Peter Bethune knew precisely what he was doing, and the consequences, when he boarded the whaling vessel Shonan Maru 2 to make what fellow-protesters described as a citizen's arrest of its captain.
This was a stunt, presumably cooked up in Fremantle as Mr Bethune licked his wounds after the sinking of his anti-whaling boat, the Ady Gil, last month.
There was never any chance the Japanese skipper would present himself at a New Zealand or Australian port to answer charges of destroying the Ady Gil and what the protesters claim was the attempted murder of its crew, or write a $3 million cheque for the cost of a replacement boat.
Mr Bethune was intent simply on grabbing publicity. He, and the Sea Shepherd Conservation Society, wanted to prompt a diplomatic incident, thereby putting further pressure on the Japanese to end whaling.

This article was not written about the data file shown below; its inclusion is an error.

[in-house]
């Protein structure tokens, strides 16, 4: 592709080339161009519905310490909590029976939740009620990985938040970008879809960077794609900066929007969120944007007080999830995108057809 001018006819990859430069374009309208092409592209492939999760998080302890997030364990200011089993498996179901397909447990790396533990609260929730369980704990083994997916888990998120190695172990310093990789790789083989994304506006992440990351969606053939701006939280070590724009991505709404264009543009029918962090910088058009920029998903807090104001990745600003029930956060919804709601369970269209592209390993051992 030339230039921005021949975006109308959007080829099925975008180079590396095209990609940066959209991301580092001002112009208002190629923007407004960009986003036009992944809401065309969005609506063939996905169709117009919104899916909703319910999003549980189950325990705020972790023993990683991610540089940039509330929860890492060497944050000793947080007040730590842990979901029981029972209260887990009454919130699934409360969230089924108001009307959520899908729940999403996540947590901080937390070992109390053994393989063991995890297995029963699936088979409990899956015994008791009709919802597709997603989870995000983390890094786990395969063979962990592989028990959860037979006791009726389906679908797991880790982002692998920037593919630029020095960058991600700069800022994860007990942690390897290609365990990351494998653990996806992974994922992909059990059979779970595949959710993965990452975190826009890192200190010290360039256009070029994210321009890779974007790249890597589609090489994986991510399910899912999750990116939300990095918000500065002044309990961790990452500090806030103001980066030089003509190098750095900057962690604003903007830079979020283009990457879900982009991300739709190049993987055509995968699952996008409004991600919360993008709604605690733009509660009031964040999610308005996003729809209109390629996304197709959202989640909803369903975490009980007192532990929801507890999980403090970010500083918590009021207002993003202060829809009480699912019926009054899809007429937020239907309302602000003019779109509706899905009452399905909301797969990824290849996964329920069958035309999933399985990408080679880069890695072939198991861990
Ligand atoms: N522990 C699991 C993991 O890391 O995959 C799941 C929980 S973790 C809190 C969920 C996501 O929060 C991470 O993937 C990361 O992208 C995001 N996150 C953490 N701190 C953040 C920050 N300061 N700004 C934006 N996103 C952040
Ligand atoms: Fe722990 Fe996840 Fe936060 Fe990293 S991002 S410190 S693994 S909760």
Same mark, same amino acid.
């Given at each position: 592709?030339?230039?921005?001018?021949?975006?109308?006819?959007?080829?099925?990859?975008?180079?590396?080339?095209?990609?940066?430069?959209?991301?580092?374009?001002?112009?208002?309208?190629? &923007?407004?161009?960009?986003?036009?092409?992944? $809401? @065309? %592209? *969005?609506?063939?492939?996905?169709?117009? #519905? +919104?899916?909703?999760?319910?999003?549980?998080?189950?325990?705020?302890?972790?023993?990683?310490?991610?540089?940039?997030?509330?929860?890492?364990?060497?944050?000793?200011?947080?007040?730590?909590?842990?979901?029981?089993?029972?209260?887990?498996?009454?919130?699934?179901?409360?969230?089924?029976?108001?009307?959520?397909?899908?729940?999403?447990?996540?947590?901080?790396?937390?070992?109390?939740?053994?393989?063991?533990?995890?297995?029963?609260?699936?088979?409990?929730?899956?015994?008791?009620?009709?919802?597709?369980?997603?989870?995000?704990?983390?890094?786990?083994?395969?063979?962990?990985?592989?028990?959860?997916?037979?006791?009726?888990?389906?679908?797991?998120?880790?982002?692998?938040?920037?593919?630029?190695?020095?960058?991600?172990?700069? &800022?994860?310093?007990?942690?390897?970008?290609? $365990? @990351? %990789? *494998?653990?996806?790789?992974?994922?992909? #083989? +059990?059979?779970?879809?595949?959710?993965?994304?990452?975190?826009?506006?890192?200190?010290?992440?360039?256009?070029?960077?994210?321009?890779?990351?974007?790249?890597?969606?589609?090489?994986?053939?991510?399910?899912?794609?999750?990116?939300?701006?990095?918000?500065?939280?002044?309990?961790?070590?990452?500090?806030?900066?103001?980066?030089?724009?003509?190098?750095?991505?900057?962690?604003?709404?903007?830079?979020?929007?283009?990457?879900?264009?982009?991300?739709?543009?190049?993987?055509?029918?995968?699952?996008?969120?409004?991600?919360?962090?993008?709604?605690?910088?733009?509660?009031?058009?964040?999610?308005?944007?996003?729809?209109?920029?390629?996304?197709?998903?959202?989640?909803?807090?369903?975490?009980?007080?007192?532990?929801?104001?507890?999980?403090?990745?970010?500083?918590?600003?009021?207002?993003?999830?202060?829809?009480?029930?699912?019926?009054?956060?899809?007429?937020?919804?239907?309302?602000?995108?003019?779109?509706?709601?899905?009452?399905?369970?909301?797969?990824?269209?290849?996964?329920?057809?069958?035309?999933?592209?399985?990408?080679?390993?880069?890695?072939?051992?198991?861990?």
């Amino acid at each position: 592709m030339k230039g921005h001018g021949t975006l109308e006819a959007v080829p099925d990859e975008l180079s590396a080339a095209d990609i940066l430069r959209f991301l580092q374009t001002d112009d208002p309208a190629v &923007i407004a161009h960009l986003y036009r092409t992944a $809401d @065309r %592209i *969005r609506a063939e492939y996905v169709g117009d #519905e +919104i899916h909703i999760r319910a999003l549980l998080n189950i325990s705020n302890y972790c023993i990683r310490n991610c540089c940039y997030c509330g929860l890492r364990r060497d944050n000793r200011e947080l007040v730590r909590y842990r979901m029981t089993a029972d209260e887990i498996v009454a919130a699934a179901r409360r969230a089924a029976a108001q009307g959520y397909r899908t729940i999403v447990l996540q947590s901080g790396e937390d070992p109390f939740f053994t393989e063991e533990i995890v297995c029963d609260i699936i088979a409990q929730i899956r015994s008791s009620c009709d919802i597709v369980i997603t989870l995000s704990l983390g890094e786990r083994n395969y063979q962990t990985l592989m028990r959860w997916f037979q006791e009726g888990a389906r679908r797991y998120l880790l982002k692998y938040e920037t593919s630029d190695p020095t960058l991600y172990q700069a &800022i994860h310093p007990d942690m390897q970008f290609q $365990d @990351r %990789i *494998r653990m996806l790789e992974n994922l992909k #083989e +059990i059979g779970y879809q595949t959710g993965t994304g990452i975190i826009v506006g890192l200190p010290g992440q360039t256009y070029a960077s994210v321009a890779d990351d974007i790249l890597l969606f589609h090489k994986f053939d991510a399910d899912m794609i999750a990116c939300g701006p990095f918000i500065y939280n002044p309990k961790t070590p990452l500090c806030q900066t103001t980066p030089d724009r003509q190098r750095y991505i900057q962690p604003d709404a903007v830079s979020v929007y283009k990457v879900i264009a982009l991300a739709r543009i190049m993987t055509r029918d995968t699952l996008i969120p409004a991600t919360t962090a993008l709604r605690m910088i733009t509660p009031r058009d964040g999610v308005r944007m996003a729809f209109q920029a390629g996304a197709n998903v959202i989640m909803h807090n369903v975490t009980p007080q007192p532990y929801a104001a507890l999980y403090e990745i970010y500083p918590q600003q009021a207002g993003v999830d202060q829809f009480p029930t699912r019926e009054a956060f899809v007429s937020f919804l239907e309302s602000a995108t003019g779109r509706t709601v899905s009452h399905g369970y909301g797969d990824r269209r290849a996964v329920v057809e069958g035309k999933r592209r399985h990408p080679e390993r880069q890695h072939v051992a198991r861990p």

It will suit his purposes if he has to stay on board the Shonan Maru 2 until it returns to Japan.
He can hardly complain if the Government has seen through this exercise, and is refusing to play along.
A meeting between the Foreign Minister, Murray McCully, and the Japanese Ambassador has resulted in New Zealand officials being advisedby Mr Bethune that he is fit and being well looked after.
The Government need do nomore.
The Prime Minister has called for calm heads to prevail. Strenuous diplomatic efforts are being made to encourage the new Japanese Government to abandon whaling.
The upping of the ante in the Southern Ocean, which culminated in Mr Bethune's stunt, is hardly conducive to those endeavours. Indeed, it could lead to a hardening of Japanese resolve. It would help if Mr Bethune and the Sea Shepherd group were wise enough to know when to take a step back.